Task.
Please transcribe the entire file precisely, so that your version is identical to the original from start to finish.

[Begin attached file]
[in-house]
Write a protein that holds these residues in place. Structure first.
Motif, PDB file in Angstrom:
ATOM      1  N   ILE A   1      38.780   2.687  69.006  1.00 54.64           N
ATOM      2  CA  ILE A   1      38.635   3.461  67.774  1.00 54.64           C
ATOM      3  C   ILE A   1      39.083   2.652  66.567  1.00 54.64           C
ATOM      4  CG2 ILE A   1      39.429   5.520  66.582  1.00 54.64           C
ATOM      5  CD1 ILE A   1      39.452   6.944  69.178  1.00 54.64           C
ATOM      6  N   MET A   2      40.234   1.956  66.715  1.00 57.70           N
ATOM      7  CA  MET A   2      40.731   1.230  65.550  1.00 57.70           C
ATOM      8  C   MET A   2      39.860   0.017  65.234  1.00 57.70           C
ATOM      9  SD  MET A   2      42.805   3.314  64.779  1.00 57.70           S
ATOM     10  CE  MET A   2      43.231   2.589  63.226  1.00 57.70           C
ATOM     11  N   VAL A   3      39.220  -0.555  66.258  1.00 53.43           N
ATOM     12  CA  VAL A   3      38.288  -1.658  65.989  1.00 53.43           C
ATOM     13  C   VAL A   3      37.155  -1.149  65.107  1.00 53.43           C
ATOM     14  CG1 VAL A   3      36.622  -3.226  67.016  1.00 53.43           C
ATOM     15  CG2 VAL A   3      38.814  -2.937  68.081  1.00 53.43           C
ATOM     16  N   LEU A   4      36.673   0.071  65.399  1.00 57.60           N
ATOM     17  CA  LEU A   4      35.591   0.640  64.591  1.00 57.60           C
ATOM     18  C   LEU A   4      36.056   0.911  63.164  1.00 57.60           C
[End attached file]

[in-house]
Write a protein that holds these residues in place. Structure first.
Motif, PDB file in Angstrom:
ATOM      1  N   ILE A   1      38.780   2.687  69.006  1.00 54.64           N
ATOM      2  CA  ILE A   1      38.635   3.461  67.774  1.00 54.64           C
ATOM      3  C   ILE A   1      39.083   2.652  66.567  1.00 54.64           C
ATOM      4  CG2 ILE A   1      39.429   5.520  66.582  1.00 54.64           C
ATOM      5  CD1 ILE A   1      39.452   6.944  69.178  1.00 54.64           C
ATOM      6  N   MET A   2      40.234   1.956  66.715  1.00 57.70           N
ATOM      7  CA  MET A   2      40.731   1.230  65.550  1.00 57.70           C
ATOM      8  C   MET A   2      39.860   0.017  65.234  1.00 57.70           C
ATOM      9  SD  MET A   2      42.805   3.314  64.779  1.00 57.70           S
ATOM     10  CE  MET A   2      43.231   2.589  63.226  1.00 57.70           C
ATOM     11  N   VAL A   3      39.220  -0.555  66.258  1.00 53.43           N
ATOM     12  CA  VAL A   3      38.288  -1.658  65.989  1.00 53.43           C
ATOM     13  C   VAL A   3      37.155  -1.149  65.107  1.00 53.43           C
ATOM     14  CG1 VAL A   3      36.622  -3.226  67.016  1.00 53.43           C
ATOM     15  CG2 VAL A   3      38.814  -2.937  68.081  1.00 53.43           C
ATOM     16  N   LEU A   4      36.673   0.071  65.399  1.00 57.60           N
ATOM     17  CA  LEU A   4      35.591   0.640  64.591  1.00 57.60           C
ATOM     18  C   LEU A   4      36.056   0.911  63.164  1.00 57.60           C